Shows, Succulents, and the ArtLine in the Art District

n By

brewery in style with a pack of like-mindedbiking-beer-lovers.

Liz Black

‘In a Previous Life’ & ‘Remnants’ Opening Reception, May 18 Next Gallery, 6851 W. Colfax Ave., Unit B, is pleased to present Barbara Gal’s exhibition, “In a Previous Life,” and Carolyn Berry’s exhibition, “Remnants,” opening with a reception Friday, May 18, from 6 to 10 p.m. Both women use photography and collage techniques to evoke memories and a sense of time and place. Visit for details.

Spring Succulent Workshop, May 24 Come gain a new appreciation of the positivity of plants in 40 West Arts’ springinspired Spring Succulent Workshop, Thursday, May 24, from 5 to 7 p.m. We will walk through the steps of repotting succulents and learn basic succulent care. All plants and materials will be provided. This workshop is open to all ages. The workshop takes place at Lamar Station Crossing, 6150 W. 13th Ave. For more information,


West Side Brewery Bike Loop, May 26 The first official West Side Brewery Bike Loop returns Saturday, May 26, at noon! Bike to WestFax Brewing Company, Joyride Brewing Company, Hogshead Brewery and Seedstock Brewery the last Saturday of each month through September for $1 off below a pint per brewery, a free beer, plus other shwag and giveaways. Roll over to each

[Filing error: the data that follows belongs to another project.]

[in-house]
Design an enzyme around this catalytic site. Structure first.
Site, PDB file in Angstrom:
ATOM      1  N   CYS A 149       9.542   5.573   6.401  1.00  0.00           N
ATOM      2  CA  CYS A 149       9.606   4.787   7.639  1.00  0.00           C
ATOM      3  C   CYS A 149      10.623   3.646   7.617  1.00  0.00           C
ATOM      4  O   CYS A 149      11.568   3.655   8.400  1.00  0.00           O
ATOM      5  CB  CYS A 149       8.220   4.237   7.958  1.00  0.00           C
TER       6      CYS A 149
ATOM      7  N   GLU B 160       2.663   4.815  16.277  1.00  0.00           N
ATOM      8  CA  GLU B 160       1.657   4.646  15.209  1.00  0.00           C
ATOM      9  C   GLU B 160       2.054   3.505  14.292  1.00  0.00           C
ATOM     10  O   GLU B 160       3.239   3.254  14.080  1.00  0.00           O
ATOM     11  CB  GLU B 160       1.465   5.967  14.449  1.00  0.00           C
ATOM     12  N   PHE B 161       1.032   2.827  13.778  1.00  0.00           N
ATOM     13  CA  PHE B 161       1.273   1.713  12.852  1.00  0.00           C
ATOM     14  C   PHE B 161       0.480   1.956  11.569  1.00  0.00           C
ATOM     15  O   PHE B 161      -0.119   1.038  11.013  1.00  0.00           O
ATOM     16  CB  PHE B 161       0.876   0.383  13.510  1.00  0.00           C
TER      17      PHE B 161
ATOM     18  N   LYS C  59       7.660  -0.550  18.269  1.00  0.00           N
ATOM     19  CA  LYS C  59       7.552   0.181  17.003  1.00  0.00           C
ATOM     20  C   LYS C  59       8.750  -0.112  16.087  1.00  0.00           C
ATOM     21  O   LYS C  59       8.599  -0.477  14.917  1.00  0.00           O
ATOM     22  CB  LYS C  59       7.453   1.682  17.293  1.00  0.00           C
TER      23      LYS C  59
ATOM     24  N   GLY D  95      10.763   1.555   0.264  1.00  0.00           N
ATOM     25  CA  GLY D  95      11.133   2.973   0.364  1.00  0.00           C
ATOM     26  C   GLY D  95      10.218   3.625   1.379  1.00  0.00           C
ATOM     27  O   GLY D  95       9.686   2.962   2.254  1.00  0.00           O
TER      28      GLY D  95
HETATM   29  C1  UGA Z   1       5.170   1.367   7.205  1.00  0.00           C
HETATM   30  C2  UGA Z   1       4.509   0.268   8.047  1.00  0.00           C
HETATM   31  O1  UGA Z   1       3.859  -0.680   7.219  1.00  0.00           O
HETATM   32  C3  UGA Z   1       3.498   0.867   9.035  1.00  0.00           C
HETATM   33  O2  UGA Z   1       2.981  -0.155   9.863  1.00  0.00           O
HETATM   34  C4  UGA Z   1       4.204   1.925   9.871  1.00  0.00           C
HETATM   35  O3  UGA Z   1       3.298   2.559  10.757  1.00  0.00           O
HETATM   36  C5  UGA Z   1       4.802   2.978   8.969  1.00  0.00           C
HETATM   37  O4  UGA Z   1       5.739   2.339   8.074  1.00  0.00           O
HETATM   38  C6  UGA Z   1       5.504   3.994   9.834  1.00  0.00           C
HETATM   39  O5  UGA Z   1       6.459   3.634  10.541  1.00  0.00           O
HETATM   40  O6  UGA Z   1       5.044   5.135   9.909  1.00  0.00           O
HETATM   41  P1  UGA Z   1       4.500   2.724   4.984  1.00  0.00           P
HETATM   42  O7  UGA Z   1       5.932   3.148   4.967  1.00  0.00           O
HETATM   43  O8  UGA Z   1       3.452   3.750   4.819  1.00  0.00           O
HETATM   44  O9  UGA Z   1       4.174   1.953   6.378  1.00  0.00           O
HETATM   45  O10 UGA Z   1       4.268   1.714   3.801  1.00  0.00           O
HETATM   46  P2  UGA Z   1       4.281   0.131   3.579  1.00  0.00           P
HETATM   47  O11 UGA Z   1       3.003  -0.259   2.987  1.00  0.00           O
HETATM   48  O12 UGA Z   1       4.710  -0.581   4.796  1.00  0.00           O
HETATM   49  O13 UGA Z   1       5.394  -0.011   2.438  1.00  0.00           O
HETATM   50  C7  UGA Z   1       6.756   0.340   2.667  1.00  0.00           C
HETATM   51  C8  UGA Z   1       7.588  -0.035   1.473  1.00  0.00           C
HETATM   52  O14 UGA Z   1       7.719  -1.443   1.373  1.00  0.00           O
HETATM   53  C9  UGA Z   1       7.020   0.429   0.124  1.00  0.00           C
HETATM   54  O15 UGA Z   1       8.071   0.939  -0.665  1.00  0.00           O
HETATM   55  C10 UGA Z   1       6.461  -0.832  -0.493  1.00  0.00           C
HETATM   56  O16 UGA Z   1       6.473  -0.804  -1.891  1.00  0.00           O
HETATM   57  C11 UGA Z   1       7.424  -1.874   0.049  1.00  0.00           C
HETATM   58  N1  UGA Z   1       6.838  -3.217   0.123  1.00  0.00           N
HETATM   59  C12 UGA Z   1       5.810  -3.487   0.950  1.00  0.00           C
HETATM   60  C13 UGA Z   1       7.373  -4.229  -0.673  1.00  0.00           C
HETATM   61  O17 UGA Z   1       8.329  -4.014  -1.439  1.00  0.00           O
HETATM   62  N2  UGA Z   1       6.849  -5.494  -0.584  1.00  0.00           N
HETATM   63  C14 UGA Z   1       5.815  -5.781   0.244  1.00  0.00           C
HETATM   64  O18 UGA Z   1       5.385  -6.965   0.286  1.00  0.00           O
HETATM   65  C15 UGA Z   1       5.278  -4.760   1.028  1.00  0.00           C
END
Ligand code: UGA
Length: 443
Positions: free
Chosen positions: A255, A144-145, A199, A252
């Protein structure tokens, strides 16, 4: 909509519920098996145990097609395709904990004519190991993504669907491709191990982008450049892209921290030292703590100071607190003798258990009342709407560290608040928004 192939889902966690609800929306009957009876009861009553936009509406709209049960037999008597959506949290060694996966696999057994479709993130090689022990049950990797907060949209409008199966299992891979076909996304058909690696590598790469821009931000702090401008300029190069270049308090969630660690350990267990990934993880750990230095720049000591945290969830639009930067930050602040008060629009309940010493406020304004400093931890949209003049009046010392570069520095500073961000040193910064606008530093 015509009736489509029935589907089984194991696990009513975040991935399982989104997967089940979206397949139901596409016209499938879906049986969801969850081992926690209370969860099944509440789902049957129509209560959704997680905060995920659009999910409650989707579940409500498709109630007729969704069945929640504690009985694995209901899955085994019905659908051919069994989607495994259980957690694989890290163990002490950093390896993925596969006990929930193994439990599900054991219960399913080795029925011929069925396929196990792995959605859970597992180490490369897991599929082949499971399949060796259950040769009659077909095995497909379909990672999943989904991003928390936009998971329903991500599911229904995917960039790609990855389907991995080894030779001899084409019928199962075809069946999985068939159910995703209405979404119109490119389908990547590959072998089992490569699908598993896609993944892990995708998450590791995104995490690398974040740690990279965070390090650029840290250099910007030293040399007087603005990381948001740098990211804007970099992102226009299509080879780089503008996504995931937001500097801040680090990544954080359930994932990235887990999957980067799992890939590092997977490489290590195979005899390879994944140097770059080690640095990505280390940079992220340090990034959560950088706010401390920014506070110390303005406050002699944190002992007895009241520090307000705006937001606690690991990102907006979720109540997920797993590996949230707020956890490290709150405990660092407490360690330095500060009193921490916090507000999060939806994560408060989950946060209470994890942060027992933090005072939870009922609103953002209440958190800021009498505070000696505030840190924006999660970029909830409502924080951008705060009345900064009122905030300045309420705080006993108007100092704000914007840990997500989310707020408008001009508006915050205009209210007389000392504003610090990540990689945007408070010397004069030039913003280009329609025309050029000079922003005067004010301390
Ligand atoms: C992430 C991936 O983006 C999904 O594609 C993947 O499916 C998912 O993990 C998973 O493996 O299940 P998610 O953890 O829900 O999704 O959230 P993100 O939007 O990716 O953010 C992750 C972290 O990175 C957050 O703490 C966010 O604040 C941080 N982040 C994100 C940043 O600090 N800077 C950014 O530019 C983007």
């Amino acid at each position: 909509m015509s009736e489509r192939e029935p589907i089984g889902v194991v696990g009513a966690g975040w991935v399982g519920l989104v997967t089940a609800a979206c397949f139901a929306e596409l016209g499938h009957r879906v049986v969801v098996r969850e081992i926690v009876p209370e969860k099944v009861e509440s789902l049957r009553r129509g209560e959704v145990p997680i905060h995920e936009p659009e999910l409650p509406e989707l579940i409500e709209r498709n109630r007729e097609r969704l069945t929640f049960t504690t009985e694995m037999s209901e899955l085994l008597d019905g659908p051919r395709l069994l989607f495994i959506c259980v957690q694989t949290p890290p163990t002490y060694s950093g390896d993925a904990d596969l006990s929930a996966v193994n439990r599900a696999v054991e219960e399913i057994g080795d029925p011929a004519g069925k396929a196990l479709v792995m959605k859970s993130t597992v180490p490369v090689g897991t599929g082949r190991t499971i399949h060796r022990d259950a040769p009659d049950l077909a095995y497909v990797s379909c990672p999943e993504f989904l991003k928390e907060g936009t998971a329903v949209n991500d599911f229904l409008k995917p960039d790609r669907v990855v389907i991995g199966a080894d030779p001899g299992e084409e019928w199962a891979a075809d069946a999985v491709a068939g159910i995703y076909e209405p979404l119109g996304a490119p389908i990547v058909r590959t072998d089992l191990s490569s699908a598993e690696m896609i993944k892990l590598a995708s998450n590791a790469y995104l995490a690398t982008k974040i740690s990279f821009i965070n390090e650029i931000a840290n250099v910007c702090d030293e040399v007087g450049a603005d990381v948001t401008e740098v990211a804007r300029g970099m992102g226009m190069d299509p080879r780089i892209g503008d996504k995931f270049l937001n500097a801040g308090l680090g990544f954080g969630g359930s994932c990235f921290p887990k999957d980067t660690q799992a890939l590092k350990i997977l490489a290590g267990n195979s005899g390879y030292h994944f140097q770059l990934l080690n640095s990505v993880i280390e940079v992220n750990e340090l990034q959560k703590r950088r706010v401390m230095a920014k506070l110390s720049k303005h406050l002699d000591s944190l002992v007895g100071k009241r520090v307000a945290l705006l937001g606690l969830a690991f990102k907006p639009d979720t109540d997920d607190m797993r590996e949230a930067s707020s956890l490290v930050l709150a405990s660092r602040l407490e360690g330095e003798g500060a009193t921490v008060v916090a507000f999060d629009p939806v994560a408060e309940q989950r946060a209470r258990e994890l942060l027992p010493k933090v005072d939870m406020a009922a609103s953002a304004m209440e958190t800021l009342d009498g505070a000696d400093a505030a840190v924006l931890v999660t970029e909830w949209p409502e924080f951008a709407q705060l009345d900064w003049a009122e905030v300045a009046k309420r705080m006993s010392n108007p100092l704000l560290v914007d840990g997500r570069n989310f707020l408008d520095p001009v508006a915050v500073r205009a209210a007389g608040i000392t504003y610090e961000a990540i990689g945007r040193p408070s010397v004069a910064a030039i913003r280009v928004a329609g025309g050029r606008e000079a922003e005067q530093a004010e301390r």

For details, go to events/958911154267968/.

District Art Walk and ArtLine Block Party, June 1 Mark your calendars for First Friday, June 1 and help us #launchtheline! Join the ArtLine opening and experience interactive art, live music, creative activities, food trucks, a dinosaur flash mob (yes, we said dinosaur flash mob!) and a bike parade to unearth dinosaur art on the ArtLine. Held in conjunction with the 40 West District Art Walk, this will be an  event to remember! Have a dinosaur costume (or willing to buy or make one)? We're looking for as many 'dinosaurs' as possible to join in the fun and the flash mob. Takes place 5 to 8 p.m., throughout the district.

Visit for details.

Arts and Revelry at RMCAD – Inspire Arts Week, June 1 Community members of all ages are invited to join Rocky Mountain College of Art & Design, 1600 Pierce St., in a night of merriment and celebration of the arts, Friday, June 1, from 5 to 8 p.m. Visit our historic campus, located along the newly launched 40 West ArtLine, to enjoy food and drinks, explore our galleries, watch student performances, and get excited about INSPIRE Arts Week. For more information, visit www.

n By

Nancy Hahn